In this innovative volume, leading historians of the early modern Americas examine the subjects of early modern, continuing colonization, and the relations between established colonies and frontiers of settlement. Their original essays about centers and peripheries in Spanish, Portuguese, French, Dutch, and British America invite comparison.
Christine Daniels is Associate Professor of American History at Michigan State University.
Michael V. Kennedy is Assistant Professor of History at the University of Michigan-Flint.
"The fourteen substantive essays in this volume and the introduction to them, all crafted with impressive imagination and skill by careful scholars, demonstrate persuasively how applicable the conceptual framework of center-periphery analysis can be. The volume as a whole . raises challenging questions that enrich the study of early modern empires." -- David Barry Gaspar, Duke University
"This fine collection of essays brings together the history of the Spanish, Portuguese, French, Dutch and British Atlantic empires in a way that illuminates the tensions within and connections between them. In bringing together experts on all of these regions to present a work that truly encompasses all of the Americas, the editors have made a major contribution to the field." -- Laurent Dubois, Michigan State University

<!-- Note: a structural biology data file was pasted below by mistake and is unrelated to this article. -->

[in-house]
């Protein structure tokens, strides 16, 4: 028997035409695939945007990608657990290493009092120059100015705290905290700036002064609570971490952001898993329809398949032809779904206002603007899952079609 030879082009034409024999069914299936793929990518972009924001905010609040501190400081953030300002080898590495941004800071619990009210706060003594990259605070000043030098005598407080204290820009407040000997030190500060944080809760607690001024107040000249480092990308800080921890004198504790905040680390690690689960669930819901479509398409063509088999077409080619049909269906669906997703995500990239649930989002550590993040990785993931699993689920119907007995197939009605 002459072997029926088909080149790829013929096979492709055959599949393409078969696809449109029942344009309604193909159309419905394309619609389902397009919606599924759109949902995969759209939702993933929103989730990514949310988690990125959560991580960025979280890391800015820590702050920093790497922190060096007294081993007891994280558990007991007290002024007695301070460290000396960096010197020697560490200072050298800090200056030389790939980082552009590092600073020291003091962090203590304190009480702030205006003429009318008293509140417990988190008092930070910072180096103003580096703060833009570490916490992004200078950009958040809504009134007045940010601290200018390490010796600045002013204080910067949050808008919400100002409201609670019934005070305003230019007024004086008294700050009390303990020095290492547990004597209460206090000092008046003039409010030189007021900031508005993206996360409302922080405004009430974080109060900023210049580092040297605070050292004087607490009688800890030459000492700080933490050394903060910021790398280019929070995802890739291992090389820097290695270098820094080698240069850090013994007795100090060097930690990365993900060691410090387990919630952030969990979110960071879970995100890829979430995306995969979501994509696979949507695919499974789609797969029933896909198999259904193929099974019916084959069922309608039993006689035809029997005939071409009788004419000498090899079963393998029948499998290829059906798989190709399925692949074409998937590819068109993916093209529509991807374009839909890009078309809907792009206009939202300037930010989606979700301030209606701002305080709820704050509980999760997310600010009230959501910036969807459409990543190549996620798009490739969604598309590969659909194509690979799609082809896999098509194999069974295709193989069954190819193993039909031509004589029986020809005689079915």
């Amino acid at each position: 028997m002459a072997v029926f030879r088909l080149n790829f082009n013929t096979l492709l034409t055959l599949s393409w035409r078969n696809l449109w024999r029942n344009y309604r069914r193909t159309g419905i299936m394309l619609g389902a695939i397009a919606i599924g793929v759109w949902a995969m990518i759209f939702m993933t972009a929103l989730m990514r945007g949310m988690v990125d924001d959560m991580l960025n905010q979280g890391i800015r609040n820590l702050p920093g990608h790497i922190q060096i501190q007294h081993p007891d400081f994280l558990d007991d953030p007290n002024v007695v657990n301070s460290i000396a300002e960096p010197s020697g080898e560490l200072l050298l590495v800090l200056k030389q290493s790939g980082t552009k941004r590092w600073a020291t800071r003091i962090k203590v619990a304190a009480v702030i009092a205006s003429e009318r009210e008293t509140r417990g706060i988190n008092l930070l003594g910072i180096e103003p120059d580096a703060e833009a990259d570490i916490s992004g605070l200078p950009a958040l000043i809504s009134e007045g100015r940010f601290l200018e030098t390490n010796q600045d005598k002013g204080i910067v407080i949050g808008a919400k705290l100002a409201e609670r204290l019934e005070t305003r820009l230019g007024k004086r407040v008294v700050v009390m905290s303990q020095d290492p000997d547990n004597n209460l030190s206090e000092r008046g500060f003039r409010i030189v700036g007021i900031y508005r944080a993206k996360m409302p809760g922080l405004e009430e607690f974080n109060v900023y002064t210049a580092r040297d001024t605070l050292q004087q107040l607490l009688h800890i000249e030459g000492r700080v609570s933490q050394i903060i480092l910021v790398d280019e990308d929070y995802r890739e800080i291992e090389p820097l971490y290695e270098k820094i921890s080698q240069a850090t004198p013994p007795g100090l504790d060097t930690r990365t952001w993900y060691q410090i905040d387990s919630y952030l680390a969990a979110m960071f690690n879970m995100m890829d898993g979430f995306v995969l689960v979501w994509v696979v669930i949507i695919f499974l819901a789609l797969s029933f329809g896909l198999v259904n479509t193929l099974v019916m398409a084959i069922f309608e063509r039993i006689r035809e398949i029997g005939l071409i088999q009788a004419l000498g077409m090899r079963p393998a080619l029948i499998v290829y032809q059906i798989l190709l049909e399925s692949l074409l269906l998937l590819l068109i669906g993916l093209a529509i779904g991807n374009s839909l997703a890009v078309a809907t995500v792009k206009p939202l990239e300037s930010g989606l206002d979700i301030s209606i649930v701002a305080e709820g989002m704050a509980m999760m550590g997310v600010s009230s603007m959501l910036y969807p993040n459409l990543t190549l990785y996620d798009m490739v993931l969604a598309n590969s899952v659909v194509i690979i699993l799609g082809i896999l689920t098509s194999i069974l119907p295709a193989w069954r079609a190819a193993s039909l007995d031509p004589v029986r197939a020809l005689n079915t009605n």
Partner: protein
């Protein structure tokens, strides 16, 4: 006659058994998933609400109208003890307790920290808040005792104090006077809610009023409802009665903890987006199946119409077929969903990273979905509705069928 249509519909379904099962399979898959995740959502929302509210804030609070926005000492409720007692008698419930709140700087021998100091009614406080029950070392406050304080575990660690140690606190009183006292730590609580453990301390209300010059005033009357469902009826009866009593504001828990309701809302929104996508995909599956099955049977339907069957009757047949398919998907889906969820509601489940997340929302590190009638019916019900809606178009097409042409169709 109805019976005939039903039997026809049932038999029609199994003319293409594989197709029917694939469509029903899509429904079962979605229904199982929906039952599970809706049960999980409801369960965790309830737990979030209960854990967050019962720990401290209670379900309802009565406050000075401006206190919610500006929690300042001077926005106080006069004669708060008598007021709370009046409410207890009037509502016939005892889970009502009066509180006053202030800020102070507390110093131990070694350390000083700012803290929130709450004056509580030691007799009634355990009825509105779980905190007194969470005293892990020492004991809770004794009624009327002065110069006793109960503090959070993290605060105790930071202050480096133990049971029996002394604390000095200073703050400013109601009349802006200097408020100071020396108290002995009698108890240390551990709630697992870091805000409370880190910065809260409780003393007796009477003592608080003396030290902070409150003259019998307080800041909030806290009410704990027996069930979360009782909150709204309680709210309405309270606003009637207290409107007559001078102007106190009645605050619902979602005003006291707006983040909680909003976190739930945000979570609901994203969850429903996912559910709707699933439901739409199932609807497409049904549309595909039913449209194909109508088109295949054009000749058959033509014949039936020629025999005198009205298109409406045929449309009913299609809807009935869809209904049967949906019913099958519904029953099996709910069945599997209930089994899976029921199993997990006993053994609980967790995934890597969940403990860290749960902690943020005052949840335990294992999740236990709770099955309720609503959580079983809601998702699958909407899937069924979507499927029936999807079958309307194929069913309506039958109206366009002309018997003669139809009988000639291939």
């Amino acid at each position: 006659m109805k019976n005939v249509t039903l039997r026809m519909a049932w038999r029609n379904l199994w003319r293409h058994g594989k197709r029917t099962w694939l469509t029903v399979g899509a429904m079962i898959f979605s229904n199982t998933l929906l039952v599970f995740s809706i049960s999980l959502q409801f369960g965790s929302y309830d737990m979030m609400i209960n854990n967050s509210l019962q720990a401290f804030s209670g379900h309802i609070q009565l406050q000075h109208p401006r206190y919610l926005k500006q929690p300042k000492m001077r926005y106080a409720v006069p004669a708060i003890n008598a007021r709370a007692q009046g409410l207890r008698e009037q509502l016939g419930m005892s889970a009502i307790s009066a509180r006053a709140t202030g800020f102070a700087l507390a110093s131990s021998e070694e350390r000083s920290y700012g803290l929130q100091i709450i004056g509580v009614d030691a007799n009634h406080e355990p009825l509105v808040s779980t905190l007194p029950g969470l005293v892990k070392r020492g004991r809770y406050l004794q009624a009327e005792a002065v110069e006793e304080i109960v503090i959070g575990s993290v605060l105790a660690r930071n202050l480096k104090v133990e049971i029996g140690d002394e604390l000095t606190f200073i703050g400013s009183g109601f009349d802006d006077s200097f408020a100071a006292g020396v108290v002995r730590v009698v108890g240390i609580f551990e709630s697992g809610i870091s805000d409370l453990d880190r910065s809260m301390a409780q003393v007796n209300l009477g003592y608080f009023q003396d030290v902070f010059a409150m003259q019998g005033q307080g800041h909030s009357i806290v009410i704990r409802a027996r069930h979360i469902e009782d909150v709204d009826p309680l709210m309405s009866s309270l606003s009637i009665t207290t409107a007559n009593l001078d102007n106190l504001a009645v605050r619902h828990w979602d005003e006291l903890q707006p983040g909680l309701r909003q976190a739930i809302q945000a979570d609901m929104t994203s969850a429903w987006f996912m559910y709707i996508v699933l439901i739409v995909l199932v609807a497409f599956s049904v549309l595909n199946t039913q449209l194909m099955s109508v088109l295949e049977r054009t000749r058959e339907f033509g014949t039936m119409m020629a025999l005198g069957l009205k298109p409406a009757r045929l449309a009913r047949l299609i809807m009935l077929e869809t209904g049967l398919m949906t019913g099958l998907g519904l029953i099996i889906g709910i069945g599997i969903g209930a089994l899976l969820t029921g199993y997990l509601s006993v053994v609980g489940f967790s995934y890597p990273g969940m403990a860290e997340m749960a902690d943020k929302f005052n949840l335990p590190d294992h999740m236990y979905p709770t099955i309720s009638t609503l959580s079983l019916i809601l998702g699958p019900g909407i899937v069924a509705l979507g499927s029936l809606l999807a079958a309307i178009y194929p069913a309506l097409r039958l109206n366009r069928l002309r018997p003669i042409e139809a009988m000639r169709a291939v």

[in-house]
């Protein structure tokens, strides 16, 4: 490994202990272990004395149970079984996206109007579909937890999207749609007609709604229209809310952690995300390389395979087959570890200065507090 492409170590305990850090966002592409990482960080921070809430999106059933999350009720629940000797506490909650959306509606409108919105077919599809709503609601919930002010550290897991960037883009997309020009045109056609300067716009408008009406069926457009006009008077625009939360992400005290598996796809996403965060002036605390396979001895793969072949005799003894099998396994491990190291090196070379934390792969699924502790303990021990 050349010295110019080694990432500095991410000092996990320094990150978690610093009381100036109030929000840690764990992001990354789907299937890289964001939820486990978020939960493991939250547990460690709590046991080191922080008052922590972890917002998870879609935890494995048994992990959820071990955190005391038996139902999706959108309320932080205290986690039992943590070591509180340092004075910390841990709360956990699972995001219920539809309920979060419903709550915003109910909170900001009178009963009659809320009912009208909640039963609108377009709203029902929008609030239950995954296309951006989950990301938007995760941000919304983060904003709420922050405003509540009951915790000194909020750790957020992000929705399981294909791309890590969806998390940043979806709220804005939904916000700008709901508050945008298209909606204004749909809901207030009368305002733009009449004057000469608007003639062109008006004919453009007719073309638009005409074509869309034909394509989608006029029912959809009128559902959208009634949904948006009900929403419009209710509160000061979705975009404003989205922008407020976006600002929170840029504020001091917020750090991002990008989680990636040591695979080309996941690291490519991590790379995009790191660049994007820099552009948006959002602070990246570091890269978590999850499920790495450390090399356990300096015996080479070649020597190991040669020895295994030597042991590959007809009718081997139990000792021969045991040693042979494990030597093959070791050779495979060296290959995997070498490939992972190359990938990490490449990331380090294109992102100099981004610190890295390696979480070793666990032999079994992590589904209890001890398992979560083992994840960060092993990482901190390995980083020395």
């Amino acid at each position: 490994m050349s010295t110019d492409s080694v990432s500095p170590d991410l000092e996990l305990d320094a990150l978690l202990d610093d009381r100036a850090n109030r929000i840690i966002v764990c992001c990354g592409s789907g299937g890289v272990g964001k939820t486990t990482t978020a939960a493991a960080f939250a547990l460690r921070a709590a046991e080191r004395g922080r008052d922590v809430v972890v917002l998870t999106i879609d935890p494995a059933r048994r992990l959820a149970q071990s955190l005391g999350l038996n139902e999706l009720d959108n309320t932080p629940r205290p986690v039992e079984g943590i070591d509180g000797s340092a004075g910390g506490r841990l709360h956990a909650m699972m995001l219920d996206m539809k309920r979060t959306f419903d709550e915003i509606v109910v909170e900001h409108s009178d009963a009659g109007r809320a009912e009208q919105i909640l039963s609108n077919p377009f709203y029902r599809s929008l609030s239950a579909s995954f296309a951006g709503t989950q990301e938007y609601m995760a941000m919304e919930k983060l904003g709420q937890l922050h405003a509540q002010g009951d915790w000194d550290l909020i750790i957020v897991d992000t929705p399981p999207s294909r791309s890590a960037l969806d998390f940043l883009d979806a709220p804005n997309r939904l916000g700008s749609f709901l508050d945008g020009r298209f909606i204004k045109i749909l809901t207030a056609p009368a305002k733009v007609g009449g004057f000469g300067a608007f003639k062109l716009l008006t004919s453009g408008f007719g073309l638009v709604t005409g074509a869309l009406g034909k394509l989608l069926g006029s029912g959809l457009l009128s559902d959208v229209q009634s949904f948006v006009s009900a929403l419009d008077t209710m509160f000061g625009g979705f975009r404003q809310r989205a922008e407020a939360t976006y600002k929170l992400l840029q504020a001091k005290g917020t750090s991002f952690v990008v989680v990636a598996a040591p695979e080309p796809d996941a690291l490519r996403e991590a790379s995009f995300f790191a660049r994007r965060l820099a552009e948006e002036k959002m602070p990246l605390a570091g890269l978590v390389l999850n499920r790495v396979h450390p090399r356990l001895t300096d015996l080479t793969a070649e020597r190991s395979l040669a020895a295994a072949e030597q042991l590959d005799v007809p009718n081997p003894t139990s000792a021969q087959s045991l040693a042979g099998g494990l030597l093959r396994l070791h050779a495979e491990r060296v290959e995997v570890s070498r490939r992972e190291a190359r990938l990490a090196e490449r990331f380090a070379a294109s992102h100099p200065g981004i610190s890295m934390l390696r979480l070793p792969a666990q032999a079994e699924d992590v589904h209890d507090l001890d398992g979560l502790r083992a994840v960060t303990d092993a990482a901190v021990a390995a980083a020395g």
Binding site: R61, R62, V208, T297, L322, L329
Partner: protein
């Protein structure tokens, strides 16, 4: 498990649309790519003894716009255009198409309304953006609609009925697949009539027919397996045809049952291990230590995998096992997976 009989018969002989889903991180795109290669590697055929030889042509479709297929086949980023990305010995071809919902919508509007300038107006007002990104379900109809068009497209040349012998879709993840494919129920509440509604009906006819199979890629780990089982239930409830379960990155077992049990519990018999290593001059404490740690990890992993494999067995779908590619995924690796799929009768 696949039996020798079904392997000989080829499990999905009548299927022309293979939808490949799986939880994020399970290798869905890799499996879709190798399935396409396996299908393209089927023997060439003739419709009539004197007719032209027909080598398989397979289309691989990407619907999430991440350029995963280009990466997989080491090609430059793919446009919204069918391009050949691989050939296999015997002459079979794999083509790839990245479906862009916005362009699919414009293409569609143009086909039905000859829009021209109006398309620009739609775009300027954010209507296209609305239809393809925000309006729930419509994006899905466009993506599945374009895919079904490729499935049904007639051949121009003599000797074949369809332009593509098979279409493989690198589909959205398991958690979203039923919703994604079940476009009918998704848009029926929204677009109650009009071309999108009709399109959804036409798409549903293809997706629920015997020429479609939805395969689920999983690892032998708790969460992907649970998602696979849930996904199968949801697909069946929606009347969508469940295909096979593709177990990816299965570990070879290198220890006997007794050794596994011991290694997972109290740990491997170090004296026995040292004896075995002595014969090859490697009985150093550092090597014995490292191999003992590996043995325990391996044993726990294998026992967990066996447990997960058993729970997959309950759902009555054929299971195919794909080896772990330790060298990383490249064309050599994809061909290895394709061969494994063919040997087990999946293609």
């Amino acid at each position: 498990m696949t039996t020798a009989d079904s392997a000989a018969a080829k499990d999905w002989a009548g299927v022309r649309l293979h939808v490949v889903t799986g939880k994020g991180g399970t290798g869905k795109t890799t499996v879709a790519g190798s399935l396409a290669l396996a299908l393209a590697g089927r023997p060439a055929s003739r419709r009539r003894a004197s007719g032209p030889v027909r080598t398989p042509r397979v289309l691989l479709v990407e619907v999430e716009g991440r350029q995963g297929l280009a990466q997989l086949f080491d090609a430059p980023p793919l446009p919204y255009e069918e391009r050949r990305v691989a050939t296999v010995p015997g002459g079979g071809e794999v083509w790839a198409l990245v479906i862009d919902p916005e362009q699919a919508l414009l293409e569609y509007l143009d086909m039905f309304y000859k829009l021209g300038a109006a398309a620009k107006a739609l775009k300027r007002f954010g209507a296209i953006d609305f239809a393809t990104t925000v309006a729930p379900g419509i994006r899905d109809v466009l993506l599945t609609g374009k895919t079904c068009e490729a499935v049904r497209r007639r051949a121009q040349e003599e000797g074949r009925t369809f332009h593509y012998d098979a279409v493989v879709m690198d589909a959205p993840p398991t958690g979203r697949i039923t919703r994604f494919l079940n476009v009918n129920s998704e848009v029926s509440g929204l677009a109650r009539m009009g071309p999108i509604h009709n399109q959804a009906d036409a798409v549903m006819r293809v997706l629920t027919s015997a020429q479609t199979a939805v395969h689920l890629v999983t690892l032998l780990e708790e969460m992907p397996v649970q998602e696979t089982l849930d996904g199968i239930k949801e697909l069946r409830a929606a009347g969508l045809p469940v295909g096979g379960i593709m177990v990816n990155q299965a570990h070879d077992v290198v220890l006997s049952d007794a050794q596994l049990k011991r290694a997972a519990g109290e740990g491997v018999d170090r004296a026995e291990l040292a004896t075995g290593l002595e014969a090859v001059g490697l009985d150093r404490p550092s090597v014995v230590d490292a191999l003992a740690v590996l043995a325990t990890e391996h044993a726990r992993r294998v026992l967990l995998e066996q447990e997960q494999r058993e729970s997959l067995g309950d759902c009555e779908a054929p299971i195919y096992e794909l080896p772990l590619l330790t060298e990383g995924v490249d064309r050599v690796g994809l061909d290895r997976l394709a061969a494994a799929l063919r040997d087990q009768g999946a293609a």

"While the broad outlines of these topics are familiar, Grob has made several significant contributions... the remarkable ability of pathogens to exploit new environments and the limited capacity of medical contributions to curtail disease--will be useful interventions in contemporary policy debates about public health." -- The Journal of American History, Ben Mutschler
"This collection is highly recommended. Specialists will appreciate the new work on debates that are central to their fields, but, more important, Negotiated Empires offers an accessible, comprehensive, and challenging introduction for non-specialists in one volume. It is a timely and welcome addition to the literature available on world history, Atlantic history, and other comparative or tropical concerns.
." -- Kevin Gosner, University of Arizona